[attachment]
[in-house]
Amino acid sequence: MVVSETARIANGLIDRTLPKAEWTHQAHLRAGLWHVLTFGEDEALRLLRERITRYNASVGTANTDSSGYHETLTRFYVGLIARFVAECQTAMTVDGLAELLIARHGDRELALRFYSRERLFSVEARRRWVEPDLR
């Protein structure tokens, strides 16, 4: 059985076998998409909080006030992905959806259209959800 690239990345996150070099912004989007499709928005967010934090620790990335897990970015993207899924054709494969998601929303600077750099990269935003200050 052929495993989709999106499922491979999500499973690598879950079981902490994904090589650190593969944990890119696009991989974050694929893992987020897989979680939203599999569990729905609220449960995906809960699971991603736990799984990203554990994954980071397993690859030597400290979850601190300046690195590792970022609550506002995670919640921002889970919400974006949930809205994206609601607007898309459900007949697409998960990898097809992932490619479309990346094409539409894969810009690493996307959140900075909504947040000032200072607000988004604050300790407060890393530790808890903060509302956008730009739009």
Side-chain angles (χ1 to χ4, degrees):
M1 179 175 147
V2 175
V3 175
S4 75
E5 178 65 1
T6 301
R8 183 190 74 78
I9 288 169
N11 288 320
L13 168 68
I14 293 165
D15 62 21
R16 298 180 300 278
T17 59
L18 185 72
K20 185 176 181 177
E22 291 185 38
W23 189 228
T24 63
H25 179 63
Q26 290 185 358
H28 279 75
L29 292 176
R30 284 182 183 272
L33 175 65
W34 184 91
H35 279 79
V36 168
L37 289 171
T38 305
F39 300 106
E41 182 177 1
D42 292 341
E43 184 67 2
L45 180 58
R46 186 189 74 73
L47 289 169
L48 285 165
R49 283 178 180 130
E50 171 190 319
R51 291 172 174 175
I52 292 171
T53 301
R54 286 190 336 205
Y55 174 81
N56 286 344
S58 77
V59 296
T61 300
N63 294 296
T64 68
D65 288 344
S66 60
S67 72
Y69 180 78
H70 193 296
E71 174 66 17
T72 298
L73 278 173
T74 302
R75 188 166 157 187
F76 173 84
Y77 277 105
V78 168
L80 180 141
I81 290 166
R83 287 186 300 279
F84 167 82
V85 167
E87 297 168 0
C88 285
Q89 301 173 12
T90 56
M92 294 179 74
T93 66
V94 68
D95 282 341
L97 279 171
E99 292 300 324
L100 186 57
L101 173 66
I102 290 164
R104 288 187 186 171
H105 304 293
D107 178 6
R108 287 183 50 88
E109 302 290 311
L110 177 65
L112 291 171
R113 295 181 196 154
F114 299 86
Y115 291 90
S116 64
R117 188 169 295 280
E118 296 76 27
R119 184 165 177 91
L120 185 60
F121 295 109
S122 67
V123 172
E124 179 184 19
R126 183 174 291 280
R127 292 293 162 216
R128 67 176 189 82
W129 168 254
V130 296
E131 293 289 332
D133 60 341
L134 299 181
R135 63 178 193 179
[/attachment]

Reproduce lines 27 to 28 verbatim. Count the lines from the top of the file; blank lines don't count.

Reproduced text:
L29 292 176
R30 284 182 183 272